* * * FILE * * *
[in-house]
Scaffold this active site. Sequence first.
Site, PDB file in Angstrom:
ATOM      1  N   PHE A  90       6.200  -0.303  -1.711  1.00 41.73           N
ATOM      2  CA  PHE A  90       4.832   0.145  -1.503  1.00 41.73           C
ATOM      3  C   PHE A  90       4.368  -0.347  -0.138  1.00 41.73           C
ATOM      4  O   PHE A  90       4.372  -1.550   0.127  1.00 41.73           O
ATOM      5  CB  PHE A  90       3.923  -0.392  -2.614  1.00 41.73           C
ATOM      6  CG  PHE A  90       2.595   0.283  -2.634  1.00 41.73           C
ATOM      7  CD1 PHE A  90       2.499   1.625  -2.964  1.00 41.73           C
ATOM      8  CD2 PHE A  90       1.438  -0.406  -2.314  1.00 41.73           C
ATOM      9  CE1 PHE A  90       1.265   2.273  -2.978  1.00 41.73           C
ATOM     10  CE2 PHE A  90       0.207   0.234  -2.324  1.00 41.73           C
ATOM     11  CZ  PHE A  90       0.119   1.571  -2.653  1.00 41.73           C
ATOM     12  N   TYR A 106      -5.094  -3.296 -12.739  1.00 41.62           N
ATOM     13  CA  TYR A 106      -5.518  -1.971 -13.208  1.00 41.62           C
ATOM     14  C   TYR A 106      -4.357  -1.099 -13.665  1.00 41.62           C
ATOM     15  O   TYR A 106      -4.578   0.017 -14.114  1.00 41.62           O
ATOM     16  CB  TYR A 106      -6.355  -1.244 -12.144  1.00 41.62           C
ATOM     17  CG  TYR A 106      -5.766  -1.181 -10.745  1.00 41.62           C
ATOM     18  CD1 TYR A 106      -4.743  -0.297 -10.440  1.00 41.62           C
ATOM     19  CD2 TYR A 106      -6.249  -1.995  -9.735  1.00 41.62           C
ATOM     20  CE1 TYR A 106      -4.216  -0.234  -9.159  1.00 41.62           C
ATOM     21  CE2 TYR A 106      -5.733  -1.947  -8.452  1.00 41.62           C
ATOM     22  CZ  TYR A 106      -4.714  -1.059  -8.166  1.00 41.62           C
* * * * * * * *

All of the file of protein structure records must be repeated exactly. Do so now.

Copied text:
[in-house]
Scaffold this active site. Sequence first.
Site, PDB file in Angstrom:
ATOM      1  N   PHE A  90       6.200  -0.303  -1.711  1.00 41.73           N
ATOM      2  CA  PHE A  90       4.832   0.145  -1.503  1.00 41.73           C
ATOM      3  C   PHE A  90       4.368  -0.347  -0.138  1.00 41.73           C
ATOM      4  O   PHE A  90       4.372  -1.550   0.127  1.00 41.73           O
ATOM      5  CB  PHE A  90       3.923  -0.392  -2.614  1.00 41.73           C
ATOM      6  CG  PHE A  90       2.595   0.283  -2.634  1.00 41.73           C
ATOM      7  CD1 PHE A  90       2.499   1.625  -2.964  1.00 41.73           C
ATOM      8  CD2 PHE A  90       1.438  -0.406  -2.314  1.00 41.73           C
ATOM      9  CE1 PHE A  90       1.265   2.273  -2.978  1.00 41.73           C
ATOM     10  CE2 PHE A  90       0.207   0.234  -2.324  1.00 41.73           C
ATOM     11  CZ  PHE A  90       0.119   1.571  -2.653  1.00 41.73           C
ATOM     12  N   TYR A 106      -5.094  -3.296 -12.739  1.00 41.62           N
ATOM     13  CA  TYR A 106      -5.518  -1.971 -13.208  1.00 41.62           C
ATOM     14  C   TYR A 106      -4.357  -1.099 -13.665  1.00 41.62           C
ATOM     15  O   TYR A 106      -4.578   0.017 -14.114  1.00 41.62           O
ATOM     16  CB  TYR A 106      -6.355  -1.244 -12.144  1.00 41.62           C
ATOM     17  CG  TYR A 106      -5.766  -1.181 -10.745  1.00 41.62           C
ATOM     18  CD1 TYR A 106      -4.743  -0.297 -10.440  1.00 41.62           C
ATOM     19  CD2 TYR A 106      -6.249  -1.995  -9.735  1.00 41.62           C
ATOM     20  CE1 TYR A 106      -4.216  -0.234  -9.159  1.00 41.62           C
ATOM     21  CE2 TYR A 106      -5.733  -1.947  -8.452  1.00 41.62           C
ATOM     22  CZ  TYR A 106      -4.714  -1.059  -8.166  1.00 41.62           C